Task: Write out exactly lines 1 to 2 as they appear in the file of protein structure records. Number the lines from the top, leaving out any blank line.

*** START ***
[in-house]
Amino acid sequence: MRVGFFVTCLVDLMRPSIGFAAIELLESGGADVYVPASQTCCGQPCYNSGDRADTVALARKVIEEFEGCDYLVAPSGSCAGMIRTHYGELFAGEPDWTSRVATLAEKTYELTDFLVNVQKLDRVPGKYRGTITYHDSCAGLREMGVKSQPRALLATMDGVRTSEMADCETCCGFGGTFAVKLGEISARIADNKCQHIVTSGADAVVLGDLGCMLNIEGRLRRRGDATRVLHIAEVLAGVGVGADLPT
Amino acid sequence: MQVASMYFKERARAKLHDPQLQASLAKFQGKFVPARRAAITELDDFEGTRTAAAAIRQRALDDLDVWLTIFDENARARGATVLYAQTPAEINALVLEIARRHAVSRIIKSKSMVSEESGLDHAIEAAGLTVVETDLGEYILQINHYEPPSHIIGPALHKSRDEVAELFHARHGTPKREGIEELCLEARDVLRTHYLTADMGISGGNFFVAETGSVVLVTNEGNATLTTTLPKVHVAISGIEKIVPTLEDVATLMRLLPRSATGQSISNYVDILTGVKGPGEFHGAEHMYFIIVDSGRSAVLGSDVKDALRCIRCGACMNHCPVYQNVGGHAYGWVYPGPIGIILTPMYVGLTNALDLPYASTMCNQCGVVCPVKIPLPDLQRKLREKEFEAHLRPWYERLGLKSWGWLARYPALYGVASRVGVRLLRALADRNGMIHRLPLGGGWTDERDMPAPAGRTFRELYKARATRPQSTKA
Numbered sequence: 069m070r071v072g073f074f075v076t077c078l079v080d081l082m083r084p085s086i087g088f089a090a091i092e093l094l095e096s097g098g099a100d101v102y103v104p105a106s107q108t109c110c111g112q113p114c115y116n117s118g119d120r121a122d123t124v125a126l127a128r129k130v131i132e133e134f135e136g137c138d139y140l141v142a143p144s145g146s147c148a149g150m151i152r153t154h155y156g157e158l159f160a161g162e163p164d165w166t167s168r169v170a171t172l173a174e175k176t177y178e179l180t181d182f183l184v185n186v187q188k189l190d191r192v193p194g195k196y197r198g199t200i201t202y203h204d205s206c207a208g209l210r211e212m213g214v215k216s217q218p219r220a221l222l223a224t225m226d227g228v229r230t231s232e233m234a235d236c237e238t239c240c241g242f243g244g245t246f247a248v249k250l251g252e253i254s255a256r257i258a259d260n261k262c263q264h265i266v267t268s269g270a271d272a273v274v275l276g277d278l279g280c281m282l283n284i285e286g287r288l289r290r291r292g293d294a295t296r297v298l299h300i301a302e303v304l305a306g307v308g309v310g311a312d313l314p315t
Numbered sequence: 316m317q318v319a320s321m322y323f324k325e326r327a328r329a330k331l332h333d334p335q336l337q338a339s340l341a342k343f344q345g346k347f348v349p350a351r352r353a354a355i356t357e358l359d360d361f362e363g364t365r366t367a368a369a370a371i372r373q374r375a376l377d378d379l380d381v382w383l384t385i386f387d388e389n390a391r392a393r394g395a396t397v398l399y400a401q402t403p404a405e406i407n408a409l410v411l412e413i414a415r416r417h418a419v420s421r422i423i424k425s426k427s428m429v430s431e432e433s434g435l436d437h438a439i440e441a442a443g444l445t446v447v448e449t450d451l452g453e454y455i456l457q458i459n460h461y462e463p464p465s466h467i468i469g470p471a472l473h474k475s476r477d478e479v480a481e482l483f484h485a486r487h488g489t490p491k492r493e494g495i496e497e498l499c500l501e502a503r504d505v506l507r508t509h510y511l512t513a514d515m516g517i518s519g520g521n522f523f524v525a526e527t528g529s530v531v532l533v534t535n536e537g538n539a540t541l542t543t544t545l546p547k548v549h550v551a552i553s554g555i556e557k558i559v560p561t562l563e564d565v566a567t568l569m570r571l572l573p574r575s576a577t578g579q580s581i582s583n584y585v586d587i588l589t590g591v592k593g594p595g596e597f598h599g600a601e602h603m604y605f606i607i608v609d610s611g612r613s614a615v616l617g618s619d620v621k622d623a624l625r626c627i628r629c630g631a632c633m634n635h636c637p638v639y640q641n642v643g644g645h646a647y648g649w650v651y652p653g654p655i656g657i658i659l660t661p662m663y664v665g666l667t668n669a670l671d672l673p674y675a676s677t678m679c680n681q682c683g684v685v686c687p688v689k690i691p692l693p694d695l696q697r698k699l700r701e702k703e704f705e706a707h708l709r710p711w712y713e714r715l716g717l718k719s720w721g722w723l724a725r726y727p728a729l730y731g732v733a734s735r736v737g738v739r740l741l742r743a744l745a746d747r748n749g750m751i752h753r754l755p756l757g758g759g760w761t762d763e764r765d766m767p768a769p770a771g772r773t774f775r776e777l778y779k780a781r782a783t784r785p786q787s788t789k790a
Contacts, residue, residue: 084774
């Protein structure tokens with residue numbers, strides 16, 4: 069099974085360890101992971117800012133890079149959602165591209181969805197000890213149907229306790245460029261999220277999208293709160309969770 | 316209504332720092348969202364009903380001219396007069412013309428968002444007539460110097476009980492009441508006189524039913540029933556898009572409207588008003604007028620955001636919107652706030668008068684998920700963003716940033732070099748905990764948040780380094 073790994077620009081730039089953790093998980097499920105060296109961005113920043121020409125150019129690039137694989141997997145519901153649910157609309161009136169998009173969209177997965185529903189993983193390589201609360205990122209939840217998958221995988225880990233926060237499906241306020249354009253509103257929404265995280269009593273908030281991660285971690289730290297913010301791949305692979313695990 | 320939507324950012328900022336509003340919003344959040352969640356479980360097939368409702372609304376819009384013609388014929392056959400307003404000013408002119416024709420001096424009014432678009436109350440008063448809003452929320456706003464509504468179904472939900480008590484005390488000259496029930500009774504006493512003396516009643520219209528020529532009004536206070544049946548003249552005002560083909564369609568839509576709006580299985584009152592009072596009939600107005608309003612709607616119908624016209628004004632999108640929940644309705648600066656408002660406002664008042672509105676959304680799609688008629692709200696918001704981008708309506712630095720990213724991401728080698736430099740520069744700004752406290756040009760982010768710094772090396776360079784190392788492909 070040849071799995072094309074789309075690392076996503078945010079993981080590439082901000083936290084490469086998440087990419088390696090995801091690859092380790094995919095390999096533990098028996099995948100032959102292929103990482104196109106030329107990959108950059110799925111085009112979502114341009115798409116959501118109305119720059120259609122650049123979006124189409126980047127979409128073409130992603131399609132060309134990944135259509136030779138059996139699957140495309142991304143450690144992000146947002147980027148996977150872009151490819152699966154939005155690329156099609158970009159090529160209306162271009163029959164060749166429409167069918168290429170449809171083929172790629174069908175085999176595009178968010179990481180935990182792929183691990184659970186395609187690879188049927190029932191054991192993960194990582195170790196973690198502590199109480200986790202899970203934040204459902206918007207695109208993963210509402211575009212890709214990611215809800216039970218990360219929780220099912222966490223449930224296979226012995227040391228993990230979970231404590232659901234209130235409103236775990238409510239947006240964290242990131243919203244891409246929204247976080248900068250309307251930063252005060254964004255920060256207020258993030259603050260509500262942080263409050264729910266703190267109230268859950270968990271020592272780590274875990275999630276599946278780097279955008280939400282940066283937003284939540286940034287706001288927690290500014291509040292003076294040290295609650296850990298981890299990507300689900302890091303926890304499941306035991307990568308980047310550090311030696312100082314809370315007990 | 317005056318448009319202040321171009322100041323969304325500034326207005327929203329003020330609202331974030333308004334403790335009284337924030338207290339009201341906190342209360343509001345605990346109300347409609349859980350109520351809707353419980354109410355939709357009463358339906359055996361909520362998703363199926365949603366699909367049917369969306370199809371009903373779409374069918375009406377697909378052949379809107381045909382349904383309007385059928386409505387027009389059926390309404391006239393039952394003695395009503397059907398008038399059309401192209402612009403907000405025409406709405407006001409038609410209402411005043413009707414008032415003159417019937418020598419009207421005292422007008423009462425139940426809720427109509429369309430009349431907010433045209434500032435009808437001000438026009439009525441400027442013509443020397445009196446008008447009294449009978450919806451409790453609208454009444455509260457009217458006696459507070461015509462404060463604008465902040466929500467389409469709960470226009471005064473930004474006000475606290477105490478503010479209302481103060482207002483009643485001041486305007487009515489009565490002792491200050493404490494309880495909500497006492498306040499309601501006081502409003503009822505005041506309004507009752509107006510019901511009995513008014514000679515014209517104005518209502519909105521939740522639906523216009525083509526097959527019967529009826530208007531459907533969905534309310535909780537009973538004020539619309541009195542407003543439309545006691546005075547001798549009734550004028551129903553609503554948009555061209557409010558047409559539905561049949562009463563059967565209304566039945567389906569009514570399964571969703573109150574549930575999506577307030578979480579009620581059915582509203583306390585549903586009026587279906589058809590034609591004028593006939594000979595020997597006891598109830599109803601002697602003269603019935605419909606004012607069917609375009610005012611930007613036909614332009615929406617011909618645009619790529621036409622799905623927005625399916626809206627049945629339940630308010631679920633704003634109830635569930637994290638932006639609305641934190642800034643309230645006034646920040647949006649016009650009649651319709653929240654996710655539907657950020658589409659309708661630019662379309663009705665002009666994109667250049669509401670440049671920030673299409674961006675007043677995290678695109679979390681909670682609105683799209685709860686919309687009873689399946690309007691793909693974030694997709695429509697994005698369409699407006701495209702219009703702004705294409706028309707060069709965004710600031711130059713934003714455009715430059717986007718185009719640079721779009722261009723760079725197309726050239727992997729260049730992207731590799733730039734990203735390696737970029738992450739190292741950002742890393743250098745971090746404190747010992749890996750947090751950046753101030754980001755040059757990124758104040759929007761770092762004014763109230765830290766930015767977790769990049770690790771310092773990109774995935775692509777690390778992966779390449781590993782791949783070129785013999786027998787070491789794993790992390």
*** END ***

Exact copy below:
[in-house]
Amino acid sequence: MRVGFFVTCLVDLMRPSIGFAAIELLESGGADVYVPASQTCCGQPCYNSGDRADTVALARKVIEEFEGCDYLVAPSGSCAGMIRTHYGELFAGEPDWTSRVATLAEKTYELTDFLVNVQKLDRVPGKYRGTITYHDSCAGLREMGVKSQPRALLATMDGVRTSEMADCETCCGFGGTFAVKLGEISARIADNKCQHIVTSGADAVVLGDLGCMLNIEGRLRRRGDATRVLHIAEVLAGVGVGADLPT